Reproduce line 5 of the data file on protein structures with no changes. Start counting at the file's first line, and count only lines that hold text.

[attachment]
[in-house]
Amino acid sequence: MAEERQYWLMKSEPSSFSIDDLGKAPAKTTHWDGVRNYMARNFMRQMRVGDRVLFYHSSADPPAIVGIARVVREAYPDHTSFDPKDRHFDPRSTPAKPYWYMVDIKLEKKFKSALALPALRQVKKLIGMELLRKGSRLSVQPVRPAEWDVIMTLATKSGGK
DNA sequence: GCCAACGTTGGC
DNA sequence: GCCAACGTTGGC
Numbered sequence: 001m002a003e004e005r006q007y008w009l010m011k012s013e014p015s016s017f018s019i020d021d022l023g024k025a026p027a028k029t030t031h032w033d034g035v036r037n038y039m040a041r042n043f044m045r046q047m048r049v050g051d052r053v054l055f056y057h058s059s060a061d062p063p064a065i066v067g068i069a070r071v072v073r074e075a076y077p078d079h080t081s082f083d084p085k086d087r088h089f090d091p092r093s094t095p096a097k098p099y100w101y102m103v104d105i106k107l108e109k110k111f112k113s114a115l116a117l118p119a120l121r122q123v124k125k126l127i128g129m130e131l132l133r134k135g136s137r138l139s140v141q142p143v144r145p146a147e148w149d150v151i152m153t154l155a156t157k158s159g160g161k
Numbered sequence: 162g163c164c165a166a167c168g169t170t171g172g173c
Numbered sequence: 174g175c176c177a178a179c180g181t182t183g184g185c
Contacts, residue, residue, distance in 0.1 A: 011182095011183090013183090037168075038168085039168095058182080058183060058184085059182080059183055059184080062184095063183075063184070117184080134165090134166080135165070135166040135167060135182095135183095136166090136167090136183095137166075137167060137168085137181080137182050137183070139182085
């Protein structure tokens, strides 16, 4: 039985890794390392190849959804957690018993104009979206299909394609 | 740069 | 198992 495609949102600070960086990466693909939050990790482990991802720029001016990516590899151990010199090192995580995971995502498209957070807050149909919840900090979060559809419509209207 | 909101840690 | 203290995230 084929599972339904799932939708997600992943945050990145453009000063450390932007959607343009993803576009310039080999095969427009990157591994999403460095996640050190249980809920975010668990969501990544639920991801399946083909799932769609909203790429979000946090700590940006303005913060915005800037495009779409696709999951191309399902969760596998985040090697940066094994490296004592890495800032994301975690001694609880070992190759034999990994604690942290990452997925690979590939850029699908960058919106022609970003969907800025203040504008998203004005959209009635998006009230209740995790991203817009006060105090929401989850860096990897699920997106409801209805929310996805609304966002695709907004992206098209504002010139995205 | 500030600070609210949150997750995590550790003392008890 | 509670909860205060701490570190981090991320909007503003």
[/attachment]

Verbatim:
Numbered sequence: 001m002a003e004e005r006q007y008w009l010m011k012s013e014p015s016s017f018s019i020d021d022l023g024k025a026p027a028k029t030t031h032w033d034g035v036r037n038y039m040a041r042n043f044m045r046q047m048r049v050g051d052r053v054l055f056y057h058s059s060a061d062p063p064a065i066v067g068i069a070r071v072v073r074e075a076y077p078d079h080t081s082f083d084p085k086d087r088h089f090d091p092r093s094t095p096a097k098p099y100w101y102m103v104d105i106k107l108e109k110k111f112k113s114a115l116a117l118p119a120l121r122q123v124k125k126l127i128g129m130e131l132l133r134k135g136s137r138l139s140v141q142p143v144r145p146a147e148w149d150v151i152m153t154l155a156t157k158s159g160g161k